Since its founding two decades ago, Merlin (which as a private theatre relies on grants and tickets sales to cover costs) has been focused on showcasing offbeat programming. “The original idea was to set up an English-language theatre for tourists and expats during the theatre season,” Magacs tells me as we sit in the café. “There used to be something like 100,000 expats who lived in Budapest and so the first few years it was dedicated to that community.” Now he says the audience for the English language performances tend to be 70 percent Hungarian and even higher when they perform pieces from Shakespeare. “I never work with Hungarians on English productions, I mostly bring them over from the UK,” says Magacs, who has been with the theatre since it began but took over as director in 2003. “I remember the first time we did a Hungarian classic and the English actors did not understand [the context] and kept asking me, ‘What is this.’ And they started asking more questions and their point was so different from mine so it made me read the play from a different perspective. So that is the beauty of an international collaboration.” Over the years plays from Merlin have been performed at the Edinburgh Festival as well as in India. “Laszlo has done a lot in terms of building bridges [by] showing Hungary to Europe and vice versa,” says Csaki, who, also as the head of the theatre department at Hungary’s Kaposvar University, has had her students perform pieces at Merlin.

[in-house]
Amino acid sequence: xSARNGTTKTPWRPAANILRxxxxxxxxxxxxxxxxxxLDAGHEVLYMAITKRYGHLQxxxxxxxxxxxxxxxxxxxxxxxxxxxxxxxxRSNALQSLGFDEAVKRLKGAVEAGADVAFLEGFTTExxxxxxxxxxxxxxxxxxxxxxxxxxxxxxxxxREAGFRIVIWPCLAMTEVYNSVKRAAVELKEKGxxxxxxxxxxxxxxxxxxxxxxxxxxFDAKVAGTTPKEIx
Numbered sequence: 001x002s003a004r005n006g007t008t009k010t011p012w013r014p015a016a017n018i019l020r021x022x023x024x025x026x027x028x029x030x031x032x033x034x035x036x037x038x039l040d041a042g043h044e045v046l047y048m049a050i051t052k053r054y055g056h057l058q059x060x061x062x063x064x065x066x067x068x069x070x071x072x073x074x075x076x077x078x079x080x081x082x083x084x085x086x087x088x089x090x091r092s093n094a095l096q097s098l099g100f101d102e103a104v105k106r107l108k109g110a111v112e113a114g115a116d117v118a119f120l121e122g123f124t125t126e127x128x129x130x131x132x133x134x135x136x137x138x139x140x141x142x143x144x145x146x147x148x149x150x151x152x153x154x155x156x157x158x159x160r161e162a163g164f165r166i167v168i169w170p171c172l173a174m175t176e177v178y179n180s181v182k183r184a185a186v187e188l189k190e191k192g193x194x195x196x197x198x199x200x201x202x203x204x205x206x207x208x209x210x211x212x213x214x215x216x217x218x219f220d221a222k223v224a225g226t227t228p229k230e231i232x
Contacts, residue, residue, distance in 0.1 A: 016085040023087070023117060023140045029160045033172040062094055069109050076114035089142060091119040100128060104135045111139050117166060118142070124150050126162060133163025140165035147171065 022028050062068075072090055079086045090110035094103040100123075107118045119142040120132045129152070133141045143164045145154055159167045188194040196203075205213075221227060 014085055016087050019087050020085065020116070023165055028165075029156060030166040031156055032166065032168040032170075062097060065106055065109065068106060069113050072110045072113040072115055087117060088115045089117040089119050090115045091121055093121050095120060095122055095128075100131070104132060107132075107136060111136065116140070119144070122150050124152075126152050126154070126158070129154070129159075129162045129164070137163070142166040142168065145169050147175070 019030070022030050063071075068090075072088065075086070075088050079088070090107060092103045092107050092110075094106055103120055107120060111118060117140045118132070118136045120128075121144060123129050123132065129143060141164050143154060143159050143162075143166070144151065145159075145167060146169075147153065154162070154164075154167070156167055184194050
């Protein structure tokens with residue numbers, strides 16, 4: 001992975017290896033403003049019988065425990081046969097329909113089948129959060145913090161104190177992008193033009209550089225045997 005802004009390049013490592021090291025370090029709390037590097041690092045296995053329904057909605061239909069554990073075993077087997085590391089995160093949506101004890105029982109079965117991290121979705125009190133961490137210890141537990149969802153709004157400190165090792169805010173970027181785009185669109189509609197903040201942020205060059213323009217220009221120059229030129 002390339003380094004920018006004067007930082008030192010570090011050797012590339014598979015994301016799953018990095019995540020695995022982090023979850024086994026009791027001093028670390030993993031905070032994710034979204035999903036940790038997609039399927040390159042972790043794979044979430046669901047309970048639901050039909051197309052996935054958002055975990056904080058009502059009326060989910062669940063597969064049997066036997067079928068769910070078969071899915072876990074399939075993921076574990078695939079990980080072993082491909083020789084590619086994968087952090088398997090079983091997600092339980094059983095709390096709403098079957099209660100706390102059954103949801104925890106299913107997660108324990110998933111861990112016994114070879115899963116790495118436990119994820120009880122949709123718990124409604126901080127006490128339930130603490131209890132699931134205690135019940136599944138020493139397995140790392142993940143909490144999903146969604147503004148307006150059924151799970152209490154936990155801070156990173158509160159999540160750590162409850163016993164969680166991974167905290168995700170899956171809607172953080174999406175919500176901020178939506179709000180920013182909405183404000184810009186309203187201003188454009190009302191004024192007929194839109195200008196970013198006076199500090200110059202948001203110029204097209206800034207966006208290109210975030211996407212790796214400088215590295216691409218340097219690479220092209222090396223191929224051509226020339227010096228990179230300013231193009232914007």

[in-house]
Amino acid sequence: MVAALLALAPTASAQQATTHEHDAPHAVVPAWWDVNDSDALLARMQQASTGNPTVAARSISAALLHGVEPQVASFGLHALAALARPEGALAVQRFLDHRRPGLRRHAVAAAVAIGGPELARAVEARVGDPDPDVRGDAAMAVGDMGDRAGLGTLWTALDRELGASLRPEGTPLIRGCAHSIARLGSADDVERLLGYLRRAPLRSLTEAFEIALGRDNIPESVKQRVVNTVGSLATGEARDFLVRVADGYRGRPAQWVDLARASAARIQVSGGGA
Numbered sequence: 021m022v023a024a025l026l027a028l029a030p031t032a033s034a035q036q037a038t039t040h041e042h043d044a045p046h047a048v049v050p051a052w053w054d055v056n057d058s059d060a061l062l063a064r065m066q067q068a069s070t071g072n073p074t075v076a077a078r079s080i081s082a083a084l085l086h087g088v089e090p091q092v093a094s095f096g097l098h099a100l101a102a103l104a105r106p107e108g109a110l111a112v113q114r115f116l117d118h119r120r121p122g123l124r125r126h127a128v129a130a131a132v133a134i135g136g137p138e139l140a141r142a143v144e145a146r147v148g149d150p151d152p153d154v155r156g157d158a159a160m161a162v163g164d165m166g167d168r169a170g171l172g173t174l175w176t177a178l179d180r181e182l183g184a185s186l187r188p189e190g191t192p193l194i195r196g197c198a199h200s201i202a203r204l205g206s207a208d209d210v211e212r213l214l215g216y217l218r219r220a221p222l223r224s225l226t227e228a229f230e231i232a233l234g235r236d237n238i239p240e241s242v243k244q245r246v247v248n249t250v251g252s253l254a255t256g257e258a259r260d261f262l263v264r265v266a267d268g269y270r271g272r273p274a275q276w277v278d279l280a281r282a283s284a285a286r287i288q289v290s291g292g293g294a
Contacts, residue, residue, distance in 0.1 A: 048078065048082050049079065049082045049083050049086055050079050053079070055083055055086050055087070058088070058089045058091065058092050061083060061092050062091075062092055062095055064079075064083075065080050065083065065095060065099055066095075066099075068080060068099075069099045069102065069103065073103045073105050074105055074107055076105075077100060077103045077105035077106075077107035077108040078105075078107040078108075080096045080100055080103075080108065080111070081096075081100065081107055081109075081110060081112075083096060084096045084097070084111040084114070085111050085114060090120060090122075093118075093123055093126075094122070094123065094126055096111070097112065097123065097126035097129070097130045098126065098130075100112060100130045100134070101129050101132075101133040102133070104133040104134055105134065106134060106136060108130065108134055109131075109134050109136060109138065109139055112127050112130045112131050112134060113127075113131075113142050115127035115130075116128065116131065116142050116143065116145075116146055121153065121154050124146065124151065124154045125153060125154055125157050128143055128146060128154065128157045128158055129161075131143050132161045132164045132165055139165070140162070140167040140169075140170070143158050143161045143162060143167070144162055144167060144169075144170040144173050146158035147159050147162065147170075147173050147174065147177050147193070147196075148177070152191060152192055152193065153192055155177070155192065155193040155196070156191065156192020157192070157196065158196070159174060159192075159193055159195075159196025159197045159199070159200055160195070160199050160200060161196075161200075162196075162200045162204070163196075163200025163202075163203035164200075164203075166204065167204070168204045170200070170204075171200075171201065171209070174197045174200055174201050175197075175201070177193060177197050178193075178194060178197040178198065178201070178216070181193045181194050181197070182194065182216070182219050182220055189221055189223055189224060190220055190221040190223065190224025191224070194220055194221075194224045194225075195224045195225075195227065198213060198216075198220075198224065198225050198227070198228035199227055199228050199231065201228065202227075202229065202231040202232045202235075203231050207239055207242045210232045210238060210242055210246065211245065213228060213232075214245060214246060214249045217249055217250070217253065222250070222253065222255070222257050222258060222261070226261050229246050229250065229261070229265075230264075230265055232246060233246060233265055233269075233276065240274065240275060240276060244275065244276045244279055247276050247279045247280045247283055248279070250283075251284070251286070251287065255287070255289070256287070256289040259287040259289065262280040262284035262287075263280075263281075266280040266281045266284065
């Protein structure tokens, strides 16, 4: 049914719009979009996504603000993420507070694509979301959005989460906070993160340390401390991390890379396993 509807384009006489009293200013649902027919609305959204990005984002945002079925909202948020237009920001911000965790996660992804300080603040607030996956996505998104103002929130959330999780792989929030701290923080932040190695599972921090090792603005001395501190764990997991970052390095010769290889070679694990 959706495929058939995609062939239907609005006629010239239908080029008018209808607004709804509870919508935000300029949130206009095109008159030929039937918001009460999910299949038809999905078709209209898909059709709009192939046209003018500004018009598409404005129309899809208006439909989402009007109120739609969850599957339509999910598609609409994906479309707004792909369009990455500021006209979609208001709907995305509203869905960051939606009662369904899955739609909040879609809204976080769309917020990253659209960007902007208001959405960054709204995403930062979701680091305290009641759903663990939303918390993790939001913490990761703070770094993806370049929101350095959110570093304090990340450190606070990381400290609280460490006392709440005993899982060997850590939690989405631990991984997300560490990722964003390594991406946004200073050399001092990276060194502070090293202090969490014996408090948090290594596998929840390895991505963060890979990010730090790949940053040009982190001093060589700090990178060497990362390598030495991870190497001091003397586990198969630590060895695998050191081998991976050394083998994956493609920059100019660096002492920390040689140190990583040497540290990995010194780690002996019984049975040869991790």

Merlin has not only built bridges among European theatres and companies—including LAMDA and the Dresden-based Russian theatre company Derevo—but also with several Japanese theatre and dance companies, thanks in part to a season of Japanese theatre that was held at Merlin two years ago. Aside from hosting a weeklong anniversary celebration in the autumn—something Magacs jokingly says is such a big job that “I do not want to think about it now”—the upcoming season will also feature more Japanese programming including a Japanese/Hungarian Butoh opera. There are also upcoming plans for a dinner circus (Magacs says it is similar to what Cirque de Soleil do), productions of the second part of the King Arthur legend and Hungarian and English performances of a play based on the film “Hard Candy”, with Magacs directing the English-language show and the Hungarian-language piece being directed by noted Hungarian film director Krisztina Goda. Magacs says he also hopes to do more work with younger actors and playwrights. “The future is to move Merlin into a more contemporary [direction],” he tells me. “I am not saying we are going to be the Budapest version of London’s Royal Court Theatre but something like that.” Whatever direction Merlin goes, it’s likely to continue to showcase some of the most innovative theatre and dance seen in the Hungarian capital. “It’s part of the fun that you never know what you are going to get,” Csaki says. “Sometimes you go there and maybe it’s a Polish theatre group and you cannot understand what the piece is about but still you have seen something different.” And isn’t that the whole point of theatre anyway?